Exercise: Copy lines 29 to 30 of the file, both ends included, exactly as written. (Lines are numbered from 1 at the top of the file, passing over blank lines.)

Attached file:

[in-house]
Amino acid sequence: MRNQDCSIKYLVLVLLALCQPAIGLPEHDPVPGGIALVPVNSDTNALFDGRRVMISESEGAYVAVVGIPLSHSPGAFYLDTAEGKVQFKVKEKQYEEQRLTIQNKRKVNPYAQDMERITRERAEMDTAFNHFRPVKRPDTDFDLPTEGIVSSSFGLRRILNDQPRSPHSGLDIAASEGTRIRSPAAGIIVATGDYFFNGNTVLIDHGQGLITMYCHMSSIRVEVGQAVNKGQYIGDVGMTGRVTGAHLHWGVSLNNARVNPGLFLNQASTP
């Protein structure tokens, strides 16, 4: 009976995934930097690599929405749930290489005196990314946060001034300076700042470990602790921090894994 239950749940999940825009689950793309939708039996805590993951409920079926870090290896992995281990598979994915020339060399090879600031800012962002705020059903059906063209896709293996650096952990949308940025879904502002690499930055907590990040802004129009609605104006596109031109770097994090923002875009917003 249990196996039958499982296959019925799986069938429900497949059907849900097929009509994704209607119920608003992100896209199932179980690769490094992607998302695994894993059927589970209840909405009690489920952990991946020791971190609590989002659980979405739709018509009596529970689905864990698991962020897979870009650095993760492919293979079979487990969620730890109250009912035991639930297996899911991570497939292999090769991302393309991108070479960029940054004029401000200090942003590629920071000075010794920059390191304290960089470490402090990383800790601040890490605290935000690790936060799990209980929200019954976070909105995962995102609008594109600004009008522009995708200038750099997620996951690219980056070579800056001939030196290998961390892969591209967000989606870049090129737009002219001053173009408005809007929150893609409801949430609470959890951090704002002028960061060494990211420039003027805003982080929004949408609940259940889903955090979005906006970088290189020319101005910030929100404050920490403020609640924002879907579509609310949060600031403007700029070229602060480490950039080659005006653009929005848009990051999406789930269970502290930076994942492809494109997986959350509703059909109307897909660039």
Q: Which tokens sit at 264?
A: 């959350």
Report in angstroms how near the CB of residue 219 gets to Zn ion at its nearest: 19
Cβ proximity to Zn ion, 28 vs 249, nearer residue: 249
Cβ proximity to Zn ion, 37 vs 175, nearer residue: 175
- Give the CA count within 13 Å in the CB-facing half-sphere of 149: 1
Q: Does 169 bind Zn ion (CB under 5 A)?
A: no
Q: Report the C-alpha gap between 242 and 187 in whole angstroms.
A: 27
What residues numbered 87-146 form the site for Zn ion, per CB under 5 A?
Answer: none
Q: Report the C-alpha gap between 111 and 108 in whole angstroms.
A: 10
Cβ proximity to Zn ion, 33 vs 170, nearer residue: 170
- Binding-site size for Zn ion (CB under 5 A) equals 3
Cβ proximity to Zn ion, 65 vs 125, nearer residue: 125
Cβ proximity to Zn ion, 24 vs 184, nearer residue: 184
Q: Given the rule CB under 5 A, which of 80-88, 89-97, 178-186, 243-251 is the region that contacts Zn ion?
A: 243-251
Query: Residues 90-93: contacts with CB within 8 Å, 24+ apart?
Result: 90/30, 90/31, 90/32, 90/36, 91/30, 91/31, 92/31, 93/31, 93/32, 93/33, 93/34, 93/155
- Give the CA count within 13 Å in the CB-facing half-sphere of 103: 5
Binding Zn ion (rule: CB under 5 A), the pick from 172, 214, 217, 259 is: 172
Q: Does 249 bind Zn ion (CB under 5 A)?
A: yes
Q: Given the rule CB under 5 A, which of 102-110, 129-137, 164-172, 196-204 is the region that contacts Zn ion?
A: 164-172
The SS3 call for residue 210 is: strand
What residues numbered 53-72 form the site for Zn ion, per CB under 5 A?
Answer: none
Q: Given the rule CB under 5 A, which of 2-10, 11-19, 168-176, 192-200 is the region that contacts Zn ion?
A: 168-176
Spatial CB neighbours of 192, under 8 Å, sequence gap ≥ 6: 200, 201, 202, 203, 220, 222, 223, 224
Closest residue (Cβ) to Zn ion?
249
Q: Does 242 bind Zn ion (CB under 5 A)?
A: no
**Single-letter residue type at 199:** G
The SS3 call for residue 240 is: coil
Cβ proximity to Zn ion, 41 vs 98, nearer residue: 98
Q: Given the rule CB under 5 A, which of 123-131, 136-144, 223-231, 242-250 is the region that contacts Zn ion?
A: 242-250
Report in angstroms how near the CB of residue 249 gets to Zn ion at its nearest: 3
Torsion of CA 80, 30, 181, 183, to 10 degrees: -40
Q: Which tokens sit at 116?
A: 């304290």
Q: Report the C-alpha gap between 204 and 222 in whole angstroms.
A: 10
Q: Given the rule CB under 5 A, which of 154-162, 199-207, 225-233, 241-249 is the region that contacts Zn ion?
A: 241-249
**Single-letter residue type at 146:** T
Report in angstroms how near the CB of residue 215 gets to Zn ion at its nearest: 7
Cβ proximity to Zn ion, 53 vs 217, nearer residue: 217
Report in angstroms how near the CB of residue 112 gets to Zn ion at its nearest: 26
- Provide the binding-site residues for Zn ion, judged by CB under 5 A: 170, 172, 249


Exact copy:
A: yes
Q: Given the rule CB under 5 A, which of 102-110, 129-137, 164-172, 196-204 is the region that contacts Zn ion?